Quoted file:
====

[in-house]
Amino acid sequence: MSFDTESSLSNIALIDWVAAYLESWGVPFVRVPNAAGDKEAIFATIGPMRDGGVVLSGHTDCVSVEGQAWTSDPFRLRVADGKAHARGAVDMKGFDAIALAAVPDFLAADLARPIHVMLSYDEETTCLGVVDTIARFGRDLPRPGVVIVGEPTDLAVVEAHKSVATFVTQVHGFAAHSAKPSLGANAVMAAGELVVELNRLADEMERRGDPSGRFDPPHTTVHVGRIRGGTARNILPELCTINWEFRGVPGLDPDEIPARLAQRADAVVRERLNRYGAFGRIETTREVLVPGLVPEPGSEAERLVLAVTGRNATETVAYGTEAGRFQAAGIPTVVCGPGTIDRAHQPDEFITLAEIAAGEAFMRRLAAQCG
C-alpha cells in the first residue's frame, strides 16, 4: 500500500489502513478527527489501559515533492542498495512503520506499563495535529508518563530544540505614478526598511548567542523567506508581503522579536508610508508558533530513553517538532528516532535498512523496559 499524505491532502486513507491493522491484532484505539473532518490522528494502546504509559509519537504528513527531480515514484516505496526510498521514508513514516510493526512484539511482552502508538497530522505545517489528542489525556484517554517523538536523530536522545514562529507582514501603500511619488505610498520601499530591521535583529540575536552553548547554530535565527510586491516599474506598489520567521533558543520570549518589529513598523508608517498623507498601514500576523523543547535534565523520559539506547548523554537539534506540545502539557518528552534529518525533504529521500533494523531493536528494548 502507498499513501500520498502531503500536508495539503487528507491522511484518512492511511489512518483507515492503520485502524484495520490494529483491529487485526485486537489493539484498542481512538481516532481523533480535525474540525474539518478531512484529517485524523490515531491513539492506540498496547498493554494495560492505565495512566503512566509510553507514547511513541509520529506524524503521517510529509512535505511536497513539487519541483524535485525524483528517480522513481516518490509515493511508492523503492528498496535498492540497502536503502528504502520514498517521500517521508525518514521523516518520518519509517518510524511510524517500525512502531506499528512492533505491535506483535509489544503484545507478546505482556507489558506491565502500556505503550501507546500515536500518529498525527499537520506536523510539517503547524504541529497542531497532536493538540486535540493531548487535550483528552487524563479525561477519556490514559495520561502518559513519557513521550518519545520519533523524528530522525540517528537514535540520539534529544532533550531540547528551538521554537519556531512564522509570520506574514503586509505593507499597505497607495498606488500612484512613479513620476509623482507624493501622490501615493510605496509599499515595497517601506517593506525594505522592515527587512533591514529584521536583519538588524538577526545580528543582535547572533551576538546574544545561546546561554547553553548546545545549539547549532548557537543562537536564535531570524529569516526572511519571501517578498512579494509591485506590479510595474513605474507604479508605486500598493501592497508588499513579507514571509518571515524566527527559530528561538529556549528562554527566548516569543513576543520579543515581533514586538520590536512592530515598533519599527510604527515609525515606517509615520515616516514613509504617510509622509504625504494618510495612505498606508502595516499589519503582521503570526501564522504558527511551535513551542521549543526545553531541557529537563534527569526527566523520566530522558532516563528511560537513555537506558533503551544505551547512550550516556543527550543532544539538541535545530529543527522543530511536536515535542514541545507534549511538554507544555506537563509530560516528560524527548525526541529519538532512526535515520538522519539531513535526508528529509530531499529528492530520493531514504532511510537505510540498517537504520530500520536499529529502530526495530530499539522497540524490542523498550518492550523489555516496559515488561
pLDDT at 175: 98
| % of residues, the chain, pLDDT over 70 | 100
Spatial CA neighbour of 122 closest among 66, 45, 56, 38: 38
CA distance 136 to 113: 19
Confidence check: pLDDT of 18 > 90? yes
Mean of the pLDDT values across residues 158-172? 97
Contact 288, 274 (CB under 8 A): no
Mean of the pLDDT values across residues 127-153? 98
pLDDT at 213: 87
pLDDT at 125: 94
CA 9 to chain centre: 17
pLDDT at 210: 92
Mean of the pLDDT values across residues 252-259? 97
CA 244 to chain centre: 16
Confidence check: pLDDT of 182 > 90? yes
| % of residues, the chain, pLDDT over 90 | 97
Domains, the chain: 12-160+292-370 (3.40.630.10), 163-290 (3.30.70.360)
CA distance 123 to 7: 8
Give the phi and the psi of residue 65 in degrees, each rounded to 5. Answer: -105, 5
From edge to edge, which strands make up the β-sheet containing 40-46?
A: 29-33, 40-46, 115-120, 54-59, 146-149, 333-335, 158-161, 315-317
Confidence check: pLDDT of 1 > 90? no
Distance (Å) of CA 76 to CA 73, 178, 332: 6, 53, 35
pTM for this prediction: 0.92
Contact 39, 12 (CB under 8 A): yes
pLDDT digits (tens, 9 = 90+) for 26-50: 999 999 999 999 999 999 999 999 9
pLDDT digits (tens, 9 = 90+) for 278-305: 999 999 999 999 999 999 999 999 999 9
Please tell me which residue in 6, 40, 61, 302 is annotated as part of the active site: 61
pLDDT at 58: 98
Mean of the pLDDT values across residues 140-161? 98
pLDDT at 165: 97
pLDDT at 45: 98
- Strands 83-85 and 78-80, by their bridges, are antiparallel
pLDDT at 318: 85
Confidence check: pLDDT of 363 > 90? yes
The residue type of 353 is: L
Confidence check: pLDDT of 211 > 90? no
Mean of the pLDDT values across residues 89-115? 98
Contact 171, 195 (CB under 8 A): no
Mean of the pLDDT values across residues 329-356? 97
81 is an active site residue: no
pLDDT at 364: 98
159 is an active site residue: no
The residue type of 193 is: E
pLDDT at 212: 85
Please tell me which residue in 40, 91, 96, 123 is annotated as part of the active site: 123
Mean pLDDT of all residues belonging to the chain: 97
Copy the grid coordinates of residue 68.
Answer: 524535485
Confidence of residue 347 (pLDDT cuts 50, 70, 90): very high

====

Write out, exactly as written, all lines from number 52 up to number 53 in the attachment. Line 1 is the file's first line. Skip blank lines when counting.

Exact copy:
Answer: 524535485
Confidence of residue 347 (pLDDT cuts 50, 70, 90): very high